A big congratulations to The Internet Archive, which announced yesterday that it has hit two million free digital texts. The 2 millionth text, if you’re wondering, is Homiliary on Gospels from Easter to first Sunday of Advent, which is a thousand-year-old book, handwritten in Latin.
I don’t mind that it’s a thousand years old but I don’t think I’ll get past the Latin. If you’re looking for other books to explore, check out the Internet Archive Ebooks and Texts section at http://www.archive.org/details/texts. (Actually that section says it has 2.2+ million texts. I wonder where the others came from? Anyway.) The books here are divided into several sections, including books from American libraries (the largest section with 1.2 million texts), books from Canadian libraries, Open Source books, Project Gutenberg, and Children’s Library. If you want to browse check the nav on the right for the most popular downloads of all time, the most popular downloads of this week, and Editor’s Picks.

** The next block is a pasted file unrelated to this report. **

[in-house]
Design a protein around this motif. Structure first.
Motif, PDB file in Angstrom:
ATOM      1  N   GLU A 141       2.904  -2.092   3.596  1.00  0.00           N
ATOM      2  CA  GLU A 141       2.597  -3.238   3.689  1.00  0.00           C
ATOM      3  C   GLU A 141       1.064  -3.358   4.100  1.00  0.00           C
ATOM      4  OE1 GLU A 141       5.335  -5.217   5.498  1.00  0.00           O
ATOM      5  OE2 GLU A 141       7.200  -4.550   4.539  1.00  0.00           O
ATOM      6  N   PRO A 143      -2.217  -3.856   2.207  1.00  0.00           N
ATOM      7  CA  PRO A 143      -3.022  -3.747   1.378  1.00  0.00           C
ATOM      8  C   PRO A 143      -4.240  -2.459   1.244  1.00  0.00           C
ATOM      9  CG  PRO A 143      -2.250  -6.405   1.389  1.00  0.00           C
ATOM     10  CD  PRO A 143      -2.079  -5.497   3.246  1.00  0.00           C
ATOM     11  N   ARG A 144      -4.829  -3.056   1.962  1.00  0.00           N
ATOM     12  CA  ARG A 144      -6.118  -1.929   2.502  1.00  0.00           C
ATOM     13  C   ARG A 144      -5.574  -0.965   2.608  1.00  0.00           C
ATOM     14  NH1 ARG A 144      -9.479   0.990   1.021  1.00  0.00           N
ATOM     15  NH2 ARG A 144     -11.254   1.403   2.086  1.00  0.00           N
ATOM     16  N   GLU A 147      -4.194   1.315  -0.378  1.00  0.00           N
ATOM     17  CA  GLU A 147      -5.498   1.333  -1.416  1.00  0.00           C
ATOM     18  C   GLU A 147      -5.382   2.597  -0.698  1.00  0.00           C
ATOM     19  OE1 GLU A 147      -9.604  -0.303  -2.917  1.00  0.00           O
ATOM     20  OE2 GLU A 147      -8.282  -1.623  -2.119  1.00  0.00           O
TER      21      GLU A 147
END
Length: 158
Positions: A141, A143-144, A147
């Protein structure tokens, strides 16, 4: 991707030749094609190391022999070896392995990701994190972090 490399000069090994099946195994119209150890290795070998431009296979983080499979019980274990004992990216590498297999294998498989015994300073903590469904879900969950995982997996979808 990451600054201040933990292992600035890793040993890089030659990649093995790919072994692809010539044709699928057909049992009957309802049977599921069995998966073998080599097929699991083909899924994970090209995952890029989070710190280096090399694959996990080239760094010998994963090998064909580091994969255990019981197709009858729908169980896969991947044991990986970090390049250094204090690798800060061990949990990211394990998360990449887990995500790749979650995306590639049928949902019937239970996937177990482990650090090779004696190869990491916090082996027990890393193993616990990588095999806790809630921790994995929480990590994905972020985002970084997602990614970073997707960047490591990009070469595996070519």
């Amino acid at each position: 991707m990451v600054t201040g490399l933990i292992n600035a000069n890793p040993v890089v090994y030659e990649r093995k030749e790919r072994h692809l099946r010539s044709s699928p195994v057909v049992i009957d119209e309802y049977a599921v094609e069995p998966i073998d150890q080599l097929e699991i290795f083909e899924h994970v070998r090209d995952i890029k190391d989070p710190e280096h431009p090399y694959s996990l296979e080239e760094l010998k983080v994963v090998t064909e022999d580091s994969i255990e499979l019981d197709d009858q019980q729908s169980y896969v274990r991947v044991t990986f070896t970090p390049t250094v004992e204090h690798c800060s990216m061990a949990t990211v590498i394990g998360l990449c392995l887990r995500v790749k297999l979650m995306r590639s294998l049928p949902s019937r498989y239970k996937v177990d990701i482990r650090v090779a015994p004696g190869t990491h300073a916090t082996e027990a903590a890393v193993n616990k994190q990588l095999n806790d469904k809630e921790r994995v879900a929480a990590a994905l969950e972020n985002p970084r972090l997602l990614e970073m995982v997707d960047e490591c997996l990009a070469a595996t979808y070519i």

You can do keyword searches, too. If you want to do anything beyond a simple keyword search I recommend you go straight to
the advanced search page; there are so many fields available to search that it’s hard to remember them all. The advanced search is easier.
If you can’t think of anything to search for let me recommend a few fun ones. Try Joe Worker and the Story of Labor (it’s a comic!) or Punch (one of several volumes the IA has available) or, if you’re looking for a little Timothy Leary and Stewart Brand, how about a copy of Psychedelic
Review from 1967?
You’ve probably gotten the idea; The Internet Archive’s texts selection is huge and eclectic, and with over two million items now available you’ll have no trouble finding something of interest.